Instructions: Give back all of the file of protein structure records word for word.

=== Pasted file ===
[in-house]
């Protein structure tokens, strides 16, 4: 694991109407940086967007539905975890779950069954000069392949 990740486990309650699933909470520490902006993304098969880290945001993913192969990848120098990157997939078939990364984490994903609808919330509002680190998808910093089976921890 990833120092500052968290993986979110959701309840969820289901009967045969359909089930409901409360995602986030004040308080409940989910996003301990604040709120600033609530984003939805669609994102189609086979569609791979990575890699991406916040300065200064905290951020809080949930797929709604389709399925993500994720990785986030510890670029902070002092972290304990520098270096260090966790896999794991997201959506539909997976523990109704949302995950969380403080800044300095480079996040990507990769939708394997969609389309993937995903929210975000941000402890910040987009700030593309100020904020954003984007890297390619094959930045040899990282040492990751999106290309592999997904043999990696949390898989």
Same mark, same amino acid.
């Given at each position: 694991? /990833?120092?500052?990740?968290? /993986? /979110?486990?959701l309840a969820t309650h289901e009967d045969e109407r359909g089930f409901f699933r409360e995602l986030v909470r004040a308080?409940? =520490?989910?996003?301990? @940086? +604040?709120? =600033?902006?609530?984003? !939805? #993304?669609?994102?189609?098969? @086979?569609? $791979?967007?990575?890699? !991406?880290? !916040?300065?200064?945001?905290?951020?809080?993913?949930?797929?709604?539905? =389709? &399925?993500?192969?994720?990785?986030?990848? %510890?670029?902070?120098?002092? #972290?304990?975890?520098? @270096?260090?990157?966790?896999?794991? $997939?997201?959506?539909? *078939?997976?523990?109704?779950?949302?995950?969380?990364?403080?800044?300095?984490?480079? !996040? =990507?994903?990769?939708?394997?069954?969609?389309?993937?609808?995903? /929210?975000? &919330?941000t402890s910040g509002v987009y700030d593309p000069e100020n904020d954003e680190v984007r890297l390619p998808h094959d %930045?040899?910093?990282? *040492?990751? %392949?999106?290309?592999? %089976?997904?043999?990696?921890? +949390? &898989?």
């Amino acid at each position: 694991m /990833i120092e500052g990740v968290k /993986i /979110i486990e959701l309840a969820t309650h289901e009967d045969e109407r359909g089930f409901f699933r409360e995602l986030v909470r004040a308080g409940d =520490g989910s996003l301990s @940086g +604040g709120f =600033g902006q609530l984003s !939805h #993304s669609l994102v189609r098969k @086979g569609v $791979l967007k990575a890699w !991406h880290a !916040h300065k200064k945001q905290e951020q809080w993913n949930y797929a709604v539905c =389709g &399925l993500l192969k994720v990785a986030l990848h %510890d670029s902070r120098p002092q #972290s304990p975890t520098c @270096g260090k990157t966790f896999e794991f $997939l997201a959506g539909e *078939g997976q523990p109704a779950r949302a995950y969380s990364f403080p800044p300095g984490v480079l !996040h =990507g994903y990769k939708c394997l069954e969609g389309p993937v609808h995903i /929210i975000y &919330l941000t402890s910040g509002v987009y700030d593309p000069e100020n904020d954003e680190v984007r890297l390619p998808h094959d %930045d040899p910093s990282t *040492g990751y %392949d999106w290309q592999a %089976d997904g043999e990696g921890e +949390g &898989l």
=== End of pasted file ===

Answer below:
[in-house]
């Protein structure tokens, strides 16, 4: 694991109407940086967007539905975890779950069954000069392949 990740486990309650699933909470520490902006993304098969880290945001993913192969990848120098990157997939078939990364984490994903609808919330509002680190998808910093089976921890 990833120092500052968290993986979110959701309840969820289901009967045969359909089930409901409360995602986030004040308080409940989910996003301990604040709120600033609530984003939805669609994102189609086979569609791979990575890699991406916040300065200064905290951020809080949930797929709604389709399925993500994720990785986030510890670029902070002092972290304990520098270096260090966790896999794991997201959506539909997976523990109704949302995950969380403080800044300095480079996040990507990769939708394997969609389309993937995903929210975000941000402890910040987009700030593309100020904020954003984007890297390619094959930045040899990282040492990751999106290309592999997904043999990696949390898989």
Same mark, same amino acid.
């Given at each position: 694991? /990833?120092?500052?990740?968290? /993986? /979110?486990?959701l309840a969820t309650h289901e009967d045969e109407r359909g089930f409901f699933r409360e995602l986030v909470r004040a308080?409940? =520490?989910?996003?301990? @940086? +604040?709120? =600033?902006?609530?984003? !939805? #993304?669609?994102?189609?098969? @086979?569609? $791979?967007?990575?890699? !991406?880290? !916040?300065?200064?945001?905290?951020?809080?993913?949930?797929?709604?539905? =389709? &399925?993500?192969?994720?990785?986030?990848? %510890?670029?902070?120098?002092? #972290?304990?975890?520098? @270096?260090?990157?966790?896999?794991? $997939?997201?959506?539909? *078939?997976?523990?109704?779950?949302?995950?969380?990364?403080?800044?300095?984490?480079? !996040? =990507?994903?990769?939708?394997?069954?969609?389309?993937?609808?995903? /929210?975000? &919330?941000t402890s910040g509002v987009y700030d593309p000069e100020n904020d954003e680190v984007r890297l390619p998808h094959d %930045?040899?910093?990282? *040492?990751? %392949?999106?290309?592999? %089976?997904?043999?990696?921890? +949390? &898989?």
């Amino acid at each position: 694991m /990833i120092e500052g990740v968290k /993986i /979110i486990e959701l309840a969820t309650h289901e009967d045969e109407r359909g089930f409901f699933r409360e995602l986030v909470r004040a308080g409940d =520490g989910s996003l301990s @940086g +604040g709120f =600033g902006q609530l984003s !939805h #993304s669609l994102v189609r098969k @086979g569609v $791979l967007k990575a890699w !991406h880290a !916040h300065k200064k945001q905290e951020q809080w993913n949930y797929a709604v539905c =389709g &399925l993500l192969k994720v990785a986030l990848h %510890d670029s902070r120098p002092q #972290s304990p975890t520098c @270096g260090k990157t966790f896999e794991f $997939l997201a959506g539909e *078939g997976q523990p109704a779950r949302a995950y969380s990364f403080p800044p300095g984490v480079l !996040h =990507g994903y990769k939708c394997l069954e969609g389309p993937v609808h995903i /929210i975000y &919330l941000t402890s910040g509002v987009y700030d593309p000069e100020n904020d954003e680190v984007r890297l390619p998808h094959d %930045d040899p910093s990282t *040492g990751y %392949d999106w290309q592999a %089976d997904g043999e990696g921890e +949390g &898989l």